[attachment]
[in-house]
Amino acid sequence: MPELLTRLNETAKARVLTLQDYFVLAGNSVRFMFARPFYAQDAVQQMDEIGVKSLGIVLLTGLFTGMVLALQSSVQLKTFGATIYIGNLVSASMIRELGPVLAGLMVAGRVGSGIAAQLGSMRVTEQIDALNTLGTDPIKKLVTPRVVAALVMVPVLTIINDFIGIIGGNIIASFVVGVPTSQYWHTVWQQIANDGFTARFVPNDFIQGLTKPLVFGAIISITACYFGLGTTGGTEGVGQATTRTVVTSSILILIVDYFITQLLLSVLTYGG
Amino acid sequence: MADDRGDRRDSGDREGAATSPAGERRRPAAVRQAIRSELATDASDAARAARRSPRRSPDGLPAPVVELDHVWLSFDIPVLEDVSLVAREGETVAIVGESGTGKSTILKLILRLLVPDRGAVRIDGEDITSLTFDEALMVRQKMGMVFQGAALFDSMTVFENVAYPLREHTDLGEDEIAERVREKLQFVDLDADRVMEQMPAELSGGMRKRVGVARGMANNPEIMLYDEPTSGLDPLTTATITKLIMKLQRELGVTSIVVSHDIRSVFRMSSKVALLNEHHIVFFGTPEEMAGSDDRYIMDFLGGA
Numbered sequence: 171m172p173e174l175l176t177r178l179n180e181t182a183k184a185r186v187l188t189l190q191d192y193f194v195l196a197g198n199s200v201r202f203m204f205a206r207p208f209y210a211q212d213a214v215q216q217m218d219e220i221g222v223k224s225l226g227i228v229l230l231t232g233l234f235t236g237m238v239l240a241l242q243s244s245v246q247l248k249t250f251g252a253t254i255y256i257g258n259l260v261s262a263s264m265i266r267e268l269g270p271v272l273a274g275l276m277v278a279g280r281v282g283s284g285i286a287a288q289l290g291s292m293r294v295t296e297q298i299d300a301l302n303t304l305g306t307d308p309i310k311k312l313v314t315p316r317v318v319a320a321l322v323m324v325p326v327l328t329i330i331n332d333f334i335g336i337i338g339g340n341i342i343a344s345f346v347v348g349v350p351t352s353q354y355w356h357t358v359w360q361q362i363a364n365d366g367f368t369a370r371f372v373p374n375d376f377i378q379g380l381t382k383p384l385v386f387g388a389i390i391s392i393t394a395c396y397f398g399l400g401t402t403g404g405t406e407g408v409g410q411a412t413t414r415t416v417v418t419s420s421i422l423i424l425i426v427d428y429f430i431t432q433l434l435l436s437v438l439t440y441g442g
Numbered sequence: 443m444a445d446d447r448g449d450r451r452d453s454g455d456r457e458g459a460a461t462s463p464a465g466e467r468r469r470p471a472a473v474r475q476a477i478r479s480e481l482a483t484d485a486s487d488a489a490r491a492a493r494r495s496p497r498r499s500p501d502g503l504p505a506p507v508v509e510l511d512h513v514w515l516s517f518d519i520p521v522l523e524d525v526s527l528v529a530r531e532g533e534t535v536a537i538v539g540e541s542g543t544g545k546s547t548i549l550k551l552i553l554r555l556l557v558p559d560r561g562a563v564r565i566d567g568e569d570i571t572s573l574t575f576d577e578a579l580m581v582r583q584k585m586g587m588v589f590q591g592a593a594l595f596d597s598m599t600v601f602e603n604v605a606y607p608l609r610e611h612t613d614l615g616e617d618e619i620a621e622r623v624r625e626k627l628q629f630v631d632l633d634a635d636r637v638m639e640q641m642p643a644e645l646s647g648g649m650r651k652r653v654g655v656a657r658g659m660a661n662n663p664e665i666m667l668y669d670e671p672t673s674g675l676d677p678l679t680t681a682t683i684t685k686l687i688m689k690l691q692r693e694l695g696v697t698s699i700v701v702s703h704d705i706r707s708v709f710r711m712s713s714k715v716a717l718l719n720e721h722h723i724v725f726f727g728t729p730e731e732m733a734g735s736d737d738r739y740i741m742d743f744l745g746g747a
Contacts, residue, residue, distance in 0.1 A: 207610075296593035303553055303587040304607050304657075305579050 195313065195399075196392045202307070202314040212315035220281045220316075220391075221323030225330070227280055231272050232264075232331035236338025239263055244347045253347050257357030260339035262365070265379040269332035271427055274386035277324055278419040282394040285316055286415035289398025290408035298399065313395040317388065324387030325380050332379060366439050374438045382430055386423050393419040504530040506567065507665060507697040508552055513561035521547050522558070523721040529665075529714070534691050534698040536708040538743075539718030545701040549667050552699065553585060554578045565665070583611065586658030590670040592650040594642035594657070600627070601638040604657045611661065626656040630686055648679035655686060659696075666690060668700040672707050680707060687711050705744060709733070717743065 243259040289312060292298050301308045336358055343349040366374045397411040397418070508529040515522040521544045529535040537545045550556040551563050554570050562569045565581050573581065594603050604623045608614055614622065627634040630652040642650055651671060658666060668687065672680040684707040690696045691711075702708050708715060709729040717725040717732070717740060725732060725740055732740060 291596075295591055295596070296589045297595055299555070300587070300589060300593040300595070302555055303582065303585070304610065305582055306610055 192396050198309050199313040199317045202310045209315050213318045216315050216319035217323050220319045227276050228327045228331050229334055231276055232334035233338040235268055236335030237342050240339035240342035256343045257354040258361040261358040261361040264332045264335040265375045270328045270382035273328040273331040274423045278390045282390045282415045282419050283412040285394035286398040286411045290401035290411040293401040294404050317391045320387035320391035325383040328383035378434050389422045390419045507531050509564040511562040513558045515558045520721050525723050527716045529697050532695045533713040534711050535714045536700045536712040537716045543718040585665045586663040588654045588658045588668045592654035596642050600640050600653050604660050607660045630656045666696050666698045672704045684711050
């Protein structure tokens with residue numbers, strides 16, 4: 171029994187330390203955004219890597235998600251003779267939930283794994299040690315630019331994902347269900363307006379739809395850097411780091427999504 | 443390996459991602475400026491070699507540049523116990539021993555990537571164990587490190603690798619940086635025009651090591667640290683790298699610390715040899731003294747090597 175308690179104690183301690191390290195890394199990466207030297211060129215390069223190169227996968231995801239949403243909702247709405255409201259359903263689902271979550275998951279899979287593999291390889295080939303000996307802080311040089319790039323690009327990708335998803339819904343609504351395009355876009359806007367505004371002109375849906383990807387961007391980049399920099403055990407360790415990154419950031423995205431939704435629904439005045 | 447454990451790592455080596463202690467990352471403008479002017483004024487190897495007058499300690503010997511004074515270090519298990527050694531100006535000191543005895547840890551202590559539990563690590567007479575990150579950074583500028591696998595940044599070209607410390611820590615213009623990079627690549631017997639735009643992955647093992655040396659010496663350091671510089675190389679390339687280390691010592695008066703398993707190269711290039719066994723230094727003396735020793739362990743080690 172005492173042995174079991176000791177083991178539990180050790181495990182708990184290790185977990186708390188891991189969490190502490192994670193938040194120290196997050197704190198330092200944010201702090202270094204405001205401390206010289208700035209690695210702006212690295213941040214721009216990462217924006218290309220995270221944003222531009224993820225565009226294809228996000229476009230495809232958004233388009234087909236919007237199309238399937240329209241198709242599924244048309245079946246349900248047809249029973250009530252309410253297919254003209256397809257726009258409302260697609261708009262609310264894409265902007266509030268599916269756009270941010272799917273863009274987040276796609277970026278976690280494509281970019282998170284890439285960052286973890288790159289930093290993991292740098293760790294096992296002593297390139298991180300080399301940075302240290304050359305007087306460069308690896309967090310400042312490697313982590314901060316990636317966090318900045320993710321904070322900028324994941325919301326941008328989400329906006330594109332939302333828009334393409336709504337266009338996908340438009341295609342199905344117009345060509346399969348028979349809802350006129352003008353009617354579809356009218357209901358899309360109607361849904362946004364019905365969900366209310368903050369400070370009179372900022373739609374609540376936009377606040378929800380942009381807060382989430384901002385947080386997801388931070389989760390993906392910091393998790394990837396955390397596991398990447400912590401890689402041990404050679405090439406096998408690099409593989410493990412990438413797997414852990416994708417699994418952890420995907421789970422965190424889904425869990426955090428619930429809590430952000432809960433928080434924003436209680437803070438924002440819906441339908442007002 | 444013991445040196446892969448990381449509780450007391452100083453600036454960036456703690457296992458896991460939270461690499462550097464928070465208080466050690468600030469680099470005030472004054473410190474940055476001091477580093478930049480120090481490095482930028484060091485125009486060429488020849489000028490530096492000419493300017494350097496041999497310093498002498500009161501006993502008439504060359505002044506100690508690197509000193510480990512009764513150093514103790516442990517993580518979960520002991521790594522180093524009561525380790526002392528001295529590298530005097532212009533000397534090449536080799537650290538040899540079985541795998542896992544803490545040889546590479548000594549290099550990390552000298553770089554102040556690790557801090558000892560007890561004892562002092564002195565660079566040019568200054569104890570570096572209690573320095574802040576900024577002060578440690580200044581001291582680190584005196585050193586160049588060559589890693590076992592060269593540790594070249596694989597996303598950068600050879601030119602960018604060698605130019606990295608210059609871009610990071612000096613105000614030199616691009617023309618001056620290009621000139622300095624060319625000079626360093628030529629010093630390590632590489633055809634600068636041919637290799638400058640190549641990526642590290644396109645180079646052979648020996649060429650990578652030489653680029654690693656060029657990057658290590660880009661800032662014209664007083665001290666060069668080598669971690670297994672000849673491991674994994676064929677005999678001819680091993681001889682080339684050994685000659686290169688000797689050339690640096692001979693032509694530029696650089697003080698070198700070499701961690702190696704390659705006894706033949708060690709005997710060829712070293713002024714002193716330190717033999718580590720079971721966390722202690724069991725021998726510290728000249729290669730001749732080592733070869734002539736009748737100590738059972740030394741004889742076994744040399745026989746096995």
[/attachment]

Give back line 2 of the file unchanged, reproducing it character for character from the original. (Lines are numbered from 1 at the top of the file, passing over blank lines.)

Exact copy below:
Amino acid sequence: MPELLTRLNETAKARVLTLQDYFVLAGNSVRFMFARPFYAQDAVQQMDEIGVKSLGIVLLTGLFTGMVLALQSSVQLKTFGATIYIGNLVSASMIRELGPVLAGLMVAGRVGSGIAAQLGSMRVTEQIDALNTLGTDPIKKLVTPRVVAALVMVPVLTIINDFIGIIGGNIIASFVVGVPTSQYWHTVWQQIANDGFTARFVPNDFIQGLTKPLVFGAIISITACYFGLGTTGGTEGVGQATTRTVVTSSILILIVDYFITQLLLSVLTYGG